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The group examined hospitals with the highest volume of coronavirus patients in the first several months of 2020. Healthgrades’ chief medical officer says it’s a way to recognize providers who delivered exceptional care.
In the early months of the COVID-19 pandemic, some hospitals stood out in the face of unprecedented challenges.
Healthgrades has compiled a list of 24 hospitals that excelled in their treatment of coronavirus patients in the opening months of the pandemic.
Each year, Healthgrades produces a ranking of America’s best hospitals. Brad Bowman, chief medical officer of Healthgrades, said the group’s examination of hospitals in the COVID-19 pandemic “is completely different than anything we’ve ever done before.”
In an interview with Chief Healthcare Executive, Bowman said, “We wanted to recognize these hospitals, almost as a thank you.”
Bowman said colleagues initially talked about the uneven distribution of COVID-19 patients. Some hospitals became magnets, partially because they had more staffing or more ventilators.
“That led to the idea,” Bowman said. “Wouldn’t it be interesting to find the hospitals that were the most in the fight and who fought the best fight?”
Compiling the list
Healthgrades sought to look at those hospitals that had cared for a heavy volume of COVID-19 patients. Healthgrades evaluated hospitals that treated more than 750 COVID-19 patients from January through September 2020. The average mortality rate of those hospitals was 24.6%, and the 24 hospitals recognized by Healthgrades had mortality rates below that mark.
Healthgrades examined patient data from the Centers for Medicare & Medicaid Services for the vast majority of U.S. hospitals (the survey did not include military hospitals or Veterans Administration facilities).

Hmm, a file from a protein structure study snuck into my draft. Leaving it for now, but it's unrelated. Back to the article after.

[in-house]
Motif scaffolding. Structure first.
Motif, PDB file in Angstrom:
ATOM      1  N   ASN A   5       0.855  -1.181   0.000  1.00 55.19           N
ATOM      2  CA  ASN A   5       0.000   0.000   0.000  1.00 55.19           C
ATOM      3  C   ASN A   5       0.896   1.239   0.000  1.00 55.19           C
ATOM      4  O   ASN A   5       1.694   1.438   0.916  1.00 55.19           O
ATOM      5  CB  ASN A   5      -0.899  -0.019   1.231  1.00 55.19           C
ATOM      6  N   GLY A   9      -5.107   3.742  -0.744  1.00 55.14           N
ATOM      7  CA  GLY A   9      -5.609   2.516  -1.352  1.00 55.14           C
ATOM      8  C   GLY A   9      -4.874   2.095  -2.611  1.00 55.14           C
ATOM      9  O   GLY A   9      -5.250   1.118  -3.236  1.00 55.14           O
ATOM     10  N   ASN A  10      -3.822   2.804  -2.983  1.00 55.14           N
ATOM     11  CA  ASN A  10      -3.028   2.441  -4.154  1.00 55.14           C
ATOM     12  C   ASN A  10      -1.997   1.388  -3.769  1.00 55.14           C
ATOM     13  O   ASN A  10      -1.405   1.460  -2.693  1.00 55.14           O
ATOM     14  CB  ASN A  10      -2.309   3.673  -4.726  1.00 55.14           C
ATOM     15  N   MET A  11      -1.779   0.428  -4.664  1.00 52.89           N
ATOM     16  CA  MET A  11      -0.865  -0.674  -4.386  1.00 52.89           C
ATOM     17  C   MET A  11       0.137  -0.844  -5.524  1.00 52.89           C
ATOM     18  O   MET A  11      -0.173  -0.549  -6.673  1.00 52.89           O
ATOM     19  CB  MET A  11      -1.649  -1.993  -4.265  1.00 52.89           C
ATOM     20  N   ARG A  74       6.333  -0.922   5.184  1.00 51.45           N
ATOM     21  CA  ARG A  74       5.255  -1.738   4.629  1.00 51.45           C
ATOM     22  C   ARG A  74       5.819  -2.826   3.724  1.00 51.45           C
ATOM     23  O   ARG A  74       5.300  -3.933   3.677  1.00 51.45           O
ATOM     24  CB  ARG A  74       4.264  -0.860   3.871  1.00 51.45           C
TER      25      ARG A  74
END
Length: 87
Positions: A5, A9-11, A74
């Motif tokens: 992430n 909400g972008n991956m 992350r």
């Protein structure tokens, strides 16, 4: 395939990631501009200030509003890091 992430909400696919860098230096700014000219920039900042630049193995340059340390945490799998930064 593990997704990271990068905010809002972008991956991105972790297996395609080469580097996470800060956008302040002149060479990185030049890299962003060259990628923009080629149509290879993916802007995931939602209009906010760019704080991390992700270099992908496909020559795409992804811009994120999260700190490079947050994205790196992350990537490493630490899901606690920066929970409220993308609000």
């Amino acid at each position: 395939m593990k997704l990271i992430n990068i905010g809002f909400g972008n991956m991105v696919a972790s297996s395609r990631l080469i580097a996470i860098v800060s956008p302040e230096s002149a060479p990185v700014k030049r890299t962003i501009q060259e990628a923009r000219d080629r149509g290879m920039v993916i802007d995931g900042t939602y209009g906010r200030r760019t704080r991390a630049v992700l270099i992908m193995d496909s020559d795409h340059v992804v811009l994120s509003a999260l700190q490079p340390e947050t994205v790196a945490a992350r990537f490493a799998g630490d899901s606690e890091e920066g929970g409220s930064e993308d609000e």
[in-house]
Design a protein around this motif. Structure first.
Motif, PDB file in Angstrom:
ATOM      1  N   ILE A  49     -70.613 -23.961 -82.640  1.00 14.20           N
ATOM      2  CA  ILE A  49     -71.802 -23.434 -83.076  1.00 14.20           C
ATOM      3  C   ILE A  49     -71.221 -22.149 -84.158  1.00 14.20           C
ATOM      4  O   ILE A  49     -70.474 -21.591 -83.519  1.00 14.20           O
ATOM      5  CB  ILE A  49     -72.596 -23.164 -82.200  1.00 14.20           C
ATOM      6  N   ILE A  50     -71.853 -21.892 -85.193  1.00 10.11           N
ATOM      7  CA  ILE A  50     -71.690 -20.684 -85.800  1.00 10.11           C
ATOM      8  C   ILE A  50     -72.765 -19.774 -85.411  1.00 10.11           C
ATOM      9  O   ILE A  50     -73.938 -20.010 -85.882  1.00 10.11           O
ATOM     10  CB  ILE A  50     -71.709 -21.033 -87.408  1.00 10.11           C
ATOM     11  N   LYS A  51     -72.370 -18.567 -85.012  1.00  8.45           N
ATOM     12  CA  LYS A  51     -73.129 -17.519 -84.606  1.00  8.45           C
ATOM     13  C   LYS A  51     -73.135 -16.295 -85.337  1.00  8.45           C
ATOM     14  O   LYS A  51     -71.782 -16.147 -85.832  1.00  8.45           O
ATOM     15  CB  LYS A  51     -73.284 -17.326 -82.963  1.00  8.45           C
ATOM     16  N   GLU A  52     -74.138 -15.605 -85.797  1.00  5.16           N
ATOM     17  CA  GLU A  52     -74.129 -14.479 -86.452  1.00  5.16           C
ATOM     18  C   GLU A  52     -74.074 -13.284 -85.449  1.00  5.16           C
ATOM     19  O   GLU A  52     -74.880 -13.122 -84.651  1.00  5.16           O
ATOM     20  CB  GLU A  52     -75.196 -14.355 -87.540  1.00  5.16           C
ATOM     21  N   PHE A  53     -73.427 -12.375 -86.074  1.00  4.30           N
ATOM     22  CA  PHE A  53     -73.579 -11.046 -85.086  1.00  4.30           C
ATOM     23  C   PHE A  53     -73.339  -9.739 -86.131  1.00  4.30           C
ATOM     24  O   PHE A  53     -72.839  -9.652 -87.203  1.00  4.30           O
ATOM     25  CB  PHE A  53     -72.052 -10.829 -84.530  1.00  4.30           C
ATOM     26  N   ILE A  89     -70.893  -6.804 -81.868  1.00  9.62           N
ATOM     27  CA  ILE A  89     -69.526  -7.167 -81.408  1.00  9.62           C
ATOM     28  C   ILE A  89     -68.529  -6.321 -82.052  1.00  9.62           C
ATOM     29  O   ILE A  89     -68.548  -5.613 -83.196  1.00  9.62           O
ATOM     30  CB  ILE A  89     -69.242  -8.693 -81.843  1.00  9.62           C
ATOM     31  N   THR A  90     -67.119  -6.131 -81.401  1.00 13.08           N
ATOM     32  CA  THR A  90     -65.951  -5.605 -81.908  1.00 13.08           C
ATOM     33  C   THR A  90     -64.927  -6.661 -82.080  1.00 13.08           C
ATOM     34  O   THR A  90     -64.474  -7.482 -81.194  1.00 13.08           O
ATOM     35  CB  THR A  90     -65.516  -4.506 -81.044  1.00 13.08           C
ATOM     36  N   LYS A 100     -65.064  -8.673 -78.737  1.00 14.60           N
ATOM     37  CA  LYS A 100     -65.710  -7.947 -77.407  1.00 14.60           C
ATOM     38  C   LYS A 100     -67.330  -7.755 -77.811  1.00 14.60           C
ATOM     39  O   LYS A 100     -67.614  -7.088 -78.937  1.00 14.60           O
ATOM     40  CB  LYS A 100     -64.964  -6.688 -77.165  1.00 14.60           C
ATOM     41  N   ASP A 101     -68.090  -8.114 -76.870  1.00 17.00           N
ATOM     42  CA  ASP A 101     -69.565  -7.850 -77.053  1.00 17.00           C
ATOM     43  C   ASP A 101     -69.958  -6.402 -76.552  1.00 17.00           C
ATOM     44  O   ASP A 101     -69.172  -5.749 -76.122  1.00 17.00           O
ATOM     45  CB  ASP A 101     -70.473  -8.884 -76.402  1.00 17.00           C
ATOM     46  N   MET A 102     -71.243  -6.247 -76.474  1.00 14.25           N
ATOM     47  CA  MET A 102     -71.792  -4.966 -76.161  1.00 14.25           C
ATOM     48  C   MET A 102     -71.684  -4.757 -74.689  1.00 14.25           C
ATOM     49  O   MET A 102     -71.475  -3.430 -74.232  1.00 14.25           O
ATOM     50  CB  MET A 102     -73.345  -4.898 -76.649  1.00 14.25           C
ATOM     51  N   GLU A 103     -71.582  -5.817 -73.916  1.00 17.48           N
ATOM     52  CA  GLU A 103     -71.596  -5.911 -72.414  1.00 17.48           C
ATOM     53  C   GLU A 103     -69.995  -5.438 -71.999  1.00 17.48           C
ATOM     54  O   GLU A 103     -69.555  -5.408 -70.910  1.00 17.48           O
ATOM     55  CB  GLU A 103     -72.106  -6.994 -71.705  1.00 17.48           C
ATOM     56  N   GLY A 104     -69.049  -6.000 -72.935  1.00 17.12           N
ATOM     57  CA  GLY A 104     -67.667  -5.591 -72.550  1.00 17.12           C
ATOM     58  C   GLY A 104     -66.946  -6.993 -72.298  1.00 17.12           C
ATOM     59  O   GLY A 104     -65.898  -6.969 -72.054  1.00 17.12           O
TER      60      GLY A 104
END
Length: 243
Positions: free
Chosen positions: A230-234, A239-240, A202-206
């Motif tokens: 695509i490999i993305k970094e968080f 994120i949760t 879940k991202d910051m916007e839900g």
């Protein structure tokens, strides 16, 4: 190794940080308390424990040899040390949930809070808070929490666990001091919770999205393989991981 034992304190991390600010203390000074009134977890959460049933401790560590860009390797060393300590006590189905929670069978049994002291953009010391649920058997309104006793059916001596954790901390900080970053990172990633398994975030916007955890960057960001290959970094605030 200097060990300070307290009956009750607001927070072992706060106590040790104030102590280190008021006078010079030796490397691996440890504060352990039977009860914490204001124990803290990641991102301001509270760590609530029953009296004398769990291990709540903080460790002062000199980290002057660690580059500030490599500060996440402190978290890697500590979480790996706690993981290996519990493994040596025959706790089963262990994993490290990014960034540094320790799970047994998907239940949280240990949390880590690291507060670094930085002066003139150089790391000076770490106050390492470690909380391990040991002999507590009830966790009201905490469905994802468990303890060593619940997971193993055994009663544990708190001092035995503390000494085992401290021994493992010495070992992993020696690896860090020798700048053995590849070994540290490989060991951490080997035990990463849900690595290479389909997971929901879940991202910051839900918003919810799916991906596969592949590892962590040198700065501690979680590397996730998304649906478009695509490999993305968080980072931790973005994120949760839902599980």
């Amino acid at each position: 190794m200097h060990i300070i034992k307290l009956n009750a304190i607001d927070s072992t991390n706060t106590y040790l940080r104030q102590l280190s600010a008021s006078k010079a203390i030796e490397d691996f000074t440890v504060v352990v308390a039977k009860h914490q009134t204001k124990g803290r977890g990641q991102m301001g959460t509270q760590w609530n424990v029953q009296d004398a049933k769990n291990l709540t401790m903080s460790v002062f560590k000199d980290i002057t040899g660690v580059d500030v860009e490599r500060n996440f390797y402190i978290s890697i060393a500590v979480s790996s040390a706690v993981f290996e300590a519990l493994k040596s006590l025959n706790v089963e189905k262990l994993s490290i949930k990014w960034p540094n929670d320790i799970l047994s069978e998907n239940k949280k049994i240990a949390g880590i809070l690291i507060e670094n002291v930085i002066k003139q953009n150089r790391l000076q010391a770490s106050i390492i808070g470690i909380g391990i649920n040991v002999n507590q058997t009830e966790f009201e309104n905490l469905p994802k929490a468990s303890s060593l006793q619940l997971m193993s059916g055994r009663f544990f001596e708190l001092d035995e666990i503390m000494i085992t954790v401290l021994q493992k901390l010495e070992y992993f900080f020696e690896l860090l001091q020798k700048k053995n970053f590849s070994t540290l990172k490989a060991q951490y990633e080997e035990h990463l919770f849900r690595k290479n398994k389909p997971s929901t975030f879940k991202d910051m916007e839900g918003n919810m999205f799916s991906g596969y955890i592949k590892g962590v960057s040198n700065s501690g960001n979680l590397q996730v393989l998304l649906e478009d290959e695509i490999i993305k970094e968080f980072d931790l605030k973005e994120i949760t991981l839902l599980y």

It wasn’t an easy task. Plus, Bowman said Healthgrades couldn’t really adjust for risk with the government data. Some hospitals with higher mortality rates among COVID-19 patients could have also had patients who had more acute illness.
Bowman said colleagues at Healthgrades debated about doing such a list, saying they didn’t want to offer the impression that hospitals that didn’t land on the list weren’t offering top-notch care. Plus, some hospitals with fewer COVID-19 patients ended up caring for more patients with other health needs, which still provided an important service.
For those reasons, Bowman said, “We’re intentionally not calling this an award.”
Ability to adapt
Many of the hospitals on the list are based in the East and South, and Healthgrades notes the coronavirus spread fastest in those regions in the early months, while other parts of the country were hit harder later. Healthgrades stressed there is no intention to undercut the critical work of hospitals across the country in the battle against the pandemic.
The 24 hospitals recognized by Healthgrades demonstrated the ability to act and react quickly, Bowman said.
“One thing that stood out for me was the ability for them to adapt rapidly, to create new care models in response to what was a really unprecedented set of circumstances,” Bowman said. “The ones that were flexible and more adaptable did better.”